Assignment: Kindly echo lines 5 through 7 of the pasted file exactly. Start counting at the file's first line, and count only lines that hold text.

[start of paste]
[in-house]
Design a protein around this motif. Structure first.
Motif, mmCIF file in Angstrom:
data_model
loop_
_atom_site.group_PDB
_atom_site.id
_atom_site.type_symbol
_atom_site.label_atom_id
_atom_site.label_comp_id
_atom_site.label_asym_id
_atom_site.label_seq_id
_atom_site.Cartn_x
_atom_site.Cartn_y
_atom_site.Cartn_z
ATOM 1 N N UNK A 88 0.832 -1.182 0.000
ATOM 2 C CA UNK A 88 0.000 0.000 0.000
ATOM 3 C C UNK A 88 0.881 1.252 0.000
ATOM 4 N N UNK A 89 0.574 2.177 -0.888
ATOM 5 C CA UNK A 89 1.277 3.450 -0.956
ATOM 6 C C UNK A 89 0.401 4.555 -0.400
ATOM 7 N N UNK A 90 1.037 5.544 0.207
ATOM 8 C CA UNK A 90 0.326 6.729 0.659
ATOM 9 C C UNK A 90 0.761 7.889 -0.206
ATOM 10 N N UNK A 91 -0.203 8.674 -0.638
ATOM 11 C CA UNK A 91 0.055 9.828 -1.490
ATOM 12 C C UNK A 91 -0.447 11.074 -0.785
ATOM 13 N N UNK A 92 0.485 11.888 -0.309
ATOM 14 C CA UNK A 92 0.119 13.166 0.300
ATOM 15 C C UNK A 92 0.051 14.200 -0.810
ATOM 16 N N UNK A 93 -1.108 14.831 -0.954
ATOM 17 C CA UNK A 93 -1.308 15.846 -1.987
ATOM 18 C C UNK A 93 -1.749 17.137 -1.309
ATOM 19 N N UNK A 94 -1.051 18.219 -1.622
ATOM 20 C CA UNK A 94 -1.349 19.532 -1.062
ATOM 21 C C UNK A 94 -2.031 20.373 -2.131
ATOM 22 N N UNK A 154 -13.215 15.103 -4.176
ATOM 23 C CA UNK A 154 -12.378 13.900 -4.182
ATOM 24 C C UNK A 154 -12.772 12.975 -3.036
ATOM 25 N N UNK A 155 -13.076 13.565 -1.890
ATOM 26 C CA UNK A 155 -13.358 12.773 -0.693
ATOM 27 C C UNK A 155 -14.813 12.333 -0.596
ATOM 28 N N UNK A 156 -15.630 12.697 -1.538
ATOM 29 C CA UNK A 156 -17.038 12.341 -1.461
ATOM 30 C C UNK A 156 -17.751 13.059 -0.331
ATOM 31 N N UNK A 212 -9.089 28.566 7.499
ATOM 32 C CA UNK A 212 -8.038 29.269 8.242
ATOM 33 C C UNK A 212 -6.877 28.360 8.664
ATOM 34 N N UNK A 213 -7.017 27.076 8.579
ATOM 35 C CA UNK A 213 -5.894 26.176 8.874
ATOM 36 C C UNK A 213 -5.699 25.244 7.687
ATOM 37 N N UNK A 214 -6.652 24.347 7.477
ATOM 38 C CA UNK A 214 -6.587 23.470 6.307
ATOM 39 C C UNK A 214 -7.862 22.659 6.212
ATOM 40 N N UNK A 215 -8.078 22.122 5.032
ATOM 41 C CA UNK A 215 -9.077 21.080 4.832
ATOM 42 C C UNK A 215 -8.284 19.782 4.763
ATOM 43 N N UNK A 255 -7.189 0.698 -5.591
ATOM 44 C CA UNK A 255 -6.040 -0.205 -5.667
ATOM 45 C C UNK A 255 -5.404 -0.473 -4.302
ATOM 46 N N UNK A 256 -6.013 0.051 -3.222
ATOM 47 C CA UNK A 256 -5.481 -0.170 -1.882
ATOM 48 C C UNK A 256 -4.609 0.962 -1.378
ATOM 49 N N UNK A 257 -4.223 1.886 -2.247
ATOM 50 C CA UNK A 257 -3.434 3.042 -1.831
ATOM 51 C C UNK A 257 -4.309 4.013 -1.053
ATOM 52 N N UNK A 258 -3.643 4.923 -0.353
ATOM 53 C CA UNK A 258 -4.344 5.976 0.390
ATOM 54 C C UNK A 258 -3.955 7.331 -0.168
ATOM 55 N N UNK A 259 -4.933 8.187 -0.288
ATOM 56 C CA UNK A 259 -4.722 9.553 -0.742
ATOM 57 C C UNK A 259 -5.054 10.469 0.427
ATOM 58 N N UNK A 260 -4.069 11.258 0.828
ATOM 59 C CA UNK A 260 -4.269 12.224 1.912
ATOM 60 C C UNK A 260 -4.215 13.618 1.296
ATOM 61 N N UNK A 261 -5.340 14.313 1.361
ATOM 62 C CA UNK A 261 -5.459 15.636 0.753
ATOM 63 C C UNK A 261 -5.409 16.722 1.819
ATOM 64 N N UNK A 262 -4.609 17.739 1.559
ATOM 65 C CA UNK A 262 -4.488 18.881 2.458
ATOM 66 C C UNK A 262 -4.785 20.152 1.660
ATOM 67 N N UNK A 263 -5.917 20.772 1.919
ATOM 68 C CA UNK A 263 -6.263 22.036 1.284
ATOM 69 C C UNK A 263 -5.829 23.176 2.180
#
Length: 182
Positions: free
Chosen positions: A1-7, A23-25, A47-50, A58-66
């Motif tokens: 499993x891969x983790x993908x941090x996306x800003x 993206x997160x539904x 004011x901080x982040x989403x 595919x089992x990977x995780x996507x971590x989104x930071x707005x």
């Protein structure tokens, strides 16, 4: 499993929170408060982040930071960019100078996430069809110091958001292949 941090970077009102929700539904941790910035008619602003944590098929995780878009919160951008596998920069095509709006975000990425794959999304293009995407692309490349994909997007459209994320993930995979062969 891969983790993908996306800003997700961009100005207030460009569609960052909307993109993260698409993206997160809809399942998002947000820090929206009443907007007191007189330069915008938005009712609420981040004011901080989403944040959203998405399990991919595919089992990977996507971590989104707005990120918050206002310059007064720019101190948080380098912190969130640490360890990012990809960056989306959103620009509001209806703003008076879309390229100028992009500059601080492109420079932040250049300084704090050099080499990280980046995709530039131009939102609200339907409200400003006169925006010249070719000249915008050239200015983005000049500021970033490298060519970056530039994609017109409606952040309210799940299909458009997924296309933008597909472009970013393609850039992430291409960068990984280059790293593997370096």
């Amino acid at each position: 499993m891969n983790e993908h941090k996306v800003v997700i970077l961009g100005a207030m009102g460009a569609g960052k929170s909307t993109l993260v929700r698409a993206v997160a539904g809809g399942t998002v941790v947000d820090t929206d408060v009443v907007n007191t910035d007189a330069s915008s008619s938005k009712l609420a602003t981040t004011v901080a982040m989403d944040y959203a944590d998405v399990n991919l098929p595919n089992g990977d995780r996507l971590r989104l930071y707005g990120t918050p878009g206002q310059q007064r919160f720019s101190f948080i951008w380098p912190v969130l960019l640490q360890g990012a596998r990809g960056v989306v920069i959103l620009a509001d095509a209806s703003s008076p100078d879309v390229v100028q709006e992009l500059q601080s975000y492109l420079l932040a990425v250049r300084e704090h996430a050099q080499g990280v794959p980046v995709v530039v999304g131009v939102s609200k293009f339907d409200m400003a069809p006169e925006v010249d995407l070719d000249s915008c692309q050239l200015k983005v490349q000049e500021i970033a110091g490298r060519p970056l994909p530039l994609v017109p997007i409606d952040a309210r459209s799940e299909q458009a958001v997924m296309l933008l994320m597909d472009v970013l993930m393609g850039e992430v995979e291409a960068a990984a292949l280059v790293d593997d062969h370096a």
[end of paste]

loop_
_atom_site.group_PDB
_atom_site.id